Objective: To investigate the relationship between patients' perception of the real and ideal ward atmosphere and their satisfaction.
Method: Patients filled in the Ward Atmosphere Scale (WAS, Real and Ideal Form) and a satisfaction questionnaire. Patient characteristics were derived from clinical assessments.
Results: WAS ratings were almost independent of patient characteristics. Patients in locked wards perceived more anger and aggression and patients subjected to coercive measures perceived less autonomy and practical orientation. Patient satisfaction was predicted by higher scores on the WAS Relationship- and System Maintenance dimensions, explaining 41% of the variance. In particular support, order and organization predicted satisfaction. Except from the areas of anger/aggression and staff control, patients gave the ‘ideal’ ward higher ratings on all subscales. The perceived gap between the ‘ideal’ and ‘real’ ward explained 45% of variance in satisfaction.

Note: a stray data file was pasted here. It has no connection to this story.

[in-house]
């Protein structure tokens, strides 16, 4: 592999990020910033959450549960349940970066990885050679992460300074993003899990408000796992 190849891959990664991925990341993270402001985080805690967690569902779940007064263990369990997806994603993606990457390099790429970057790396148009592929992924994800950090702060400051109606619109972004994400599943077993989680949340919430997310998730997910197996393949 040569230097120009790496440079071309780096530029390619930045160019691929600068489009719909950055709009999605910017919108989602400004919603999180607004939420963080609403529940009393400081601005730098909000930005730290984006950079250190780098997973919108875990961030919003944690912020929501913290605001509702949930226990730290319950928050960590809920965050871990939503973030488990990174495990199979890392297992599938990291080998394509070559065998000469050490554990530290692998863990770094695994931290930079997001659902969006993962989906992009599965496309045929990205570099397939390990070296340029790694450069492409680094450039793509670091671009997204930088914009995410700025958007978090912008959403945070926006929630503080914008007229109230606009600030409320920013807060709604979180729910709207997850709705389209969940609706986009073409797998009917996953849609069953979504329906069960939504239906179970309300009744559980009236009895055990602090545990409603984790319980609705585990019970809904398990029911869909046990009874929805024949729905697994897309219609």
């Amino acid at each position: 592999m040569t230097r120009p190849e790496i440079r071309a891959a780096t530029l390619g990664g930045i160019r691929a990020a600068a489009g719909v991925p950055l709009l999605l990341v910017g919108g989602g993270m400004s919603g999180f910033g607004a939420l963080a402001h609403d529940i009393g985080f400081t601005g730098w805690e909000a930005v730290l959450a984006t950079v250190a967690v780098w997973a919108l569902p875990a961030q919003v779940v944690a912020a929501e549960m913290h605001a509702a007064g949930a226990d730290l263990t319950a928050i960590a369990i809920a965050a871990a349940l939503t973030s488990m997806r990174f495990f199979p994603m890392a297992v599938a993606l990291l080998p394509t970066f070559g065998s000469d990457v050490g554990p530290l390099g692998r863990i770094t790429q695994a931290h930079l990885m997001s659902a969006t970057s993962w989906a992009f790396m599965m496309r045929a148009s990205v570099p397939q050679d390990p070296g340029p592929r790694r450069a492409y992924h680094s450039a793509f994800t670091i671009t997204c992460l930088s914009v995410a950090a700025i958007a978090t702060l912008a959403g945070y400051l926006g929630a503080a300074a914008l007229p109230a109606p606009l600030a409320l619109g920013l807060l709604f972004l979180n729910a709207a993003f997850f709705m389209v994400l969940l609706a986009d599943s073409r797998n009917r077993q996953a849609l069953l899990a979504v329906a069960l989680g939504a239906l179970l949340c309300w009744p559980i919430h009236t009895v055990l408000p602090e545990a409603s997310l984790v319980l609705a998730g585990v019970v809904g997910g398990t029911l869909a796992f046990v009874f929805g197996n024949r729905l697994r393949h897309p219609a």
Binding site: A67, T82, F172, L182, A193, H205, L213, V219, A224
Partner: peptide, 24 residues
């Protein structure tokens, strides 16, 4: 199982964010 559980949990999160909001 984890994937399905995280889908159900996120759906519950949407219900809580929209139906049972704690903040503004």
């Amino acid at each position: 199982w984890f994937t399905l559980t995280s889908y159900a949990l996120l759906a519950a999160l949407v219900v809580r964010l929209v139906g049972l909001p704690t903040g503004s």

Conclusion: Patients' perception of ward atmosphere is a clinically meaningful measure appearing to be a strong predictor of satisfaction.